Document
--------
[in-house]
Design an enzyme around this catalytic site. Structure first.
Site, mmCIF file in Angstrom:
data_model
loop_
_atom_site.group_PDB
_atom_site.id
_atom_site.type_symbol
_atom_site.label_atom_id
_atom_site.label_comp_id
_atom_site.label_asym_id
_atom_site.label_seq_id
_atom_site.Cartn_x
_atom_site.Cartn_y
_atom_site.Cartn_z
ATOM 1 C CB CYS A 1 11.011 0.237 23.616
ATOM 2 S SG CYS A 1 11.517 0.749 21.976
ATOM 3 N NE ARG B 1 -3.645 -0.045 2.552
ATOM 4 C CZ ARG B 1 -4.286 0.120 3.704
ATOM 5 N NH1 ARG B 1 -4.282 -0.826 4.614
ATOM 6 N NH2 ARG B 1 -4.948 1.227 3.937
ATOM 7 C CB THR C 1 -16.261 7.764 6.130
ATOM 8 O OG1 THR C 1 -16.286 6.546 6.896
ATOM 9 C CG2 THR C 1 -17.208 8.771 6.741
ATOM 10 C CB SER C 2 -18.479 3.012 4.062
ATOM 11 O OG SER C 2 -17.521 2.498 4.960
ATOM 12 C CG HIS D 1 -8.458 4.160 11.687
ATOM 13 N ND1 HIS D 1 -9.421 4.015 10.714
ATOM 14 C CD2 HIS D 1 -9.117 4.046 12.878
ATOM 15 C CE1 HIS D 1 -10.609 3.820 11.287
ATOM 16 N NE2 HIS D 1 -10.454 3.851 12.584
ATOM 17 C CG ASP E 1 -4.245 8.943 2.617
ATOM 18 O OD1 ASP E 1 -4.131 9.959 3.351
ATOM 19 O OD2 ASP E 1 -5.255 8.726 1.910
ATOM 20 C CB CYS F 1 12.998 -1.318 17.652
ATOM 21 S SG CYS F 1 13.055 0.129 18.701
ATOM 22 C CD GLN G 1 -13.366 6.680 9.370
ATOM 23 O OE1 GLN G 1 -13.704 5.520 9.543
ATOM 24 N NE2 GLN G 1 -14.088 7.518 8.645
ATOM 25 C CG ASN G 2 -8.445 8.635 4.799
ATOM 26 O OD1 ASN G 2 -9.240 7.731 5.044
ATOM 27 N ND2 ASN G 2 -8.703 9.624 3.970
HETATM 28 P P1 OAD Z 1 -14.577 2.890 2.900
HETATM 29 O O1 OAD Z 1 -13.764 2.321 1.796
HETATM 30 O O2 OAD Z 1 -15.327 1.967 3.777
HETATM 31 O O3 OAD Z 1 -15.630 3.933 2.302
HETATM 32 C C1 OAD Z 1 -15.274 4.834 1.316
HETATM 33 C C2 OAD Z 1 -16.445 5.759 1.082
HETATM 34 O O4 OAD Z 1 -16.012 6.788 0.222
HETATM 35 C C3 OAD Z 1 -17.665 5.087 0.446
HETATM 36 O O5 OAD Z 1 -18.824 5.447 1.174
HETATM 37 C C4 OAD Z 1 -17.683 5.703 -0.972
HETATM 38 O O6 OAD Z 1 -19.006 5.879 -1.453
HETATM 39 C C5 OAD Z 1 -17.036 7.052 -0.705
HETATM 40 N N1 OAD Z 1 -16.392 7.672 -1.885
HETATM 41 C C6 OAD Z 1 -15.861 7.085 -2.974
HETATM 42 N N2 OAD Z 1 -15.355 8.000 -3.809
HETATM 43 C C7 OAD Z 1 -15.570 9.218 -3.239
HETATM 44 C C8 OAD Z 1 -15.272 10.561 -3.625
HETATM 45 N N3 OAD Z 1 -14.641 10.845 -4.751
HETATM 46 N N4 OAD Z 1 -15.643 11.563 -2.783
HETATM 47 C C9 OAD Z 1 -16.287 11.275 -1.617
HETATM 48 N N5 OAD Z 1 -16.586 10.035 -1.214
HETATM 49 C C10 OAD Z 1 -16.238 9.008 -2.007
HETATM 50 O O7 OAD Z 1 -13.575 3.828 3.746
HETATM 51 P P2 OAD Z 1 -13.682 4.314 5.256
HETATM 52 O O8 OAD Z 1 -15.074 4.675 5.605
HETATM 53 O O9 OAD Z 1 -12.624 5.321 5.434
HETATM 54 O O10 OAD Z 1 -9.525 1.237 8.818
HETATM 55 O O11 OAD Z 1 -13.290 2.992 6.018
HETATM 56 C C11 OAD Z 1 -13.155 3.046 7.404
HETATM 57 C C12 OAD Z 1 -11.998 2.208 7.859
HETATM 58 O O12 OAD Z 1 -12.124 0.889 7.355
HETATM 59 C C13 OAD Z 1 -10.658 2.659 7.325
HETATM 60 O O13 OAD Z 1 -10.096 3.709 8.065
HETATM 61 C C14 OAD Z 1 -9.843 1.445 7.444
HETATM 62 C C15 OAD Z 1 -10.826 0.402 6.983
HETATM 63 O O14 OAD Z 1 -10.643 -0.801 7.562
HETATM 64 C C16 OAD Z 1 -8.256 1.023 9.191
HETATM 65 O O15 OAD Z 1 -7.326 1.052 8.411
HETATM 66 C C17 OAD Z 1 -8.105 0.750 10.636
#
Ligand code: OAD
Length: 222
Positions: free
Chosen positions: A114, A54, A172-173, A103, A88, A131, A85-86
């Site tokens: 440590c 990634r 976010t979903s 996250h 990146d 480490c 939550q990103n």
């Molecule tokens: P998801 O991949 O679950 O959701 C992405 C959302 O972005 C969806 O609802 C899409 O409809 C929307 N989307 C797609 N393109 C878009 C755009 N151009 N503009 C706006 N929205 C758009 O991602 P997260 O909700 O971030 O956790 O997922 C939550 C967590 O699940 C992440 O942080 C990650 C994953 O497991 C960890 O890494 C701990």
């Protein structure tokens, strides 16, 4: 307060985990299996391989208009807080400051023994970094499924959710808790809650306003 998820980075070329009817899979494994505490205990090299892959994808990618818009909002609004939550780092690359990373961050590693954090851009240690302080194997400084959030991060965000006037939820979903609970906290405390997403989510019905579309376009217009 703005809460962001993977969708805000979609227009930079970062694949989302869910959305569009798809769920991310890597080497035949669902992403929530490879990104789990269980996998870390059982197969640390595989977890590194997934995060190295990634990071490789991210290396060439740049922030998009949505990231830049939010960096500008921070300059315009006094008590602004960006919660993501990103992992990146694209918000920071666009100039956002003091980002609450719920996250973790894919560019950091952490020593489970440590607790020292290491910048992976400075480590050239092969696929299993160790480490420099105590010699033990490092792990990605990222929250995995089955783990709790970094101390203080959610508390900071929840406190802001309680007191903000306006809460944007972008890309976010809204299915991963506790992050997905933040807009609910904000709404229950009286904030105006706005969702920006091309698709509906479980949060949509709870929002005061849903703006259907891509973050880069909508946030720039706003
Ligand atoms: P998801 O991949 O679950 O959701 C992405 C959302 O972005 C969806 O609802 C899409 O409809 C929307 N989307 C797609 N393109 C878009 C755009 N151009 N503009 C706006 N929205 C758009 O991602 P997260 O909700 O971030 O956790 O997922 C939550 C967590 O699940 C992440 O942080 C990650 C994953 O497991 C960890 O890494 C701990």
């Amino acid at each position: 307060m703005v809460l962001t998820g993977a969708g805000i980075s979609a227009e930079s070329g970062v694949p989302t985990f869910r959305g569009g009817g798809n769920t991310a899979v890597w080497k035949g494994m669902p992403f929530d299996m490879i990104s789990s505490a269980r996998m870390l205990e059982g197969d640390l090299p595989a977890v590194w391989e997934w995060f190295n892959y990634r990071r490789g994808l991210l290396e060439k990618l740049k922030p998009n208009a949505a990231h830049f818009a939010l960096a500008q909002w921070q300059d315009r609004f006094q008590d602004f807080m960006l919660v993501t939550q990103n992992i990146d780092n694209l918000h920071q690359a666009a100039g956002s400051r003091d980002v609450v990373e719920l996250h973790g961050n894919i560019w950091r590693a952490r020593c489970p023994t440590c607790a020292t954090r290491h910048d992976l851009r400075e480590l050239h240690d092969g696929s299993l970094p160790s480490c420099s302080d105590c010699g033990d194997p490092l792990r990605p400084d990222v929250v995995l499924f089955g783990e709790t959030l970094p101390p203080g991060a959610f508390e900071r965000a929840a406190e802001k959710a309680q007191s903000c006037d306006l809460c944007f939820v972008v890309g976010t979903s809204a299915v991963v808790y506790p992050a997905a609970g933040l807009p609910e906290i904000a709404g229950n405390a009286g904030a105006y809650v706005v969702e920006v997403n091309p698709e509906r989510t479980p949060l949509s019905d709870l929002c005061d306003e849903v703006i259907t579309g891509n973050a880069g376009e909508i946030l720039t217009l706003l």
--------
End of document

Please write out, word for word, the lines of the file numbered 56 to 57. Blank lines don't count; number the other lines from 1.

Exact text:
HETATM 41 C C6 OAD Z 1 -15.861 7.085 -2.974
HETATM 42 N N2 OAD Z 1 -15.355 8.000 -3.809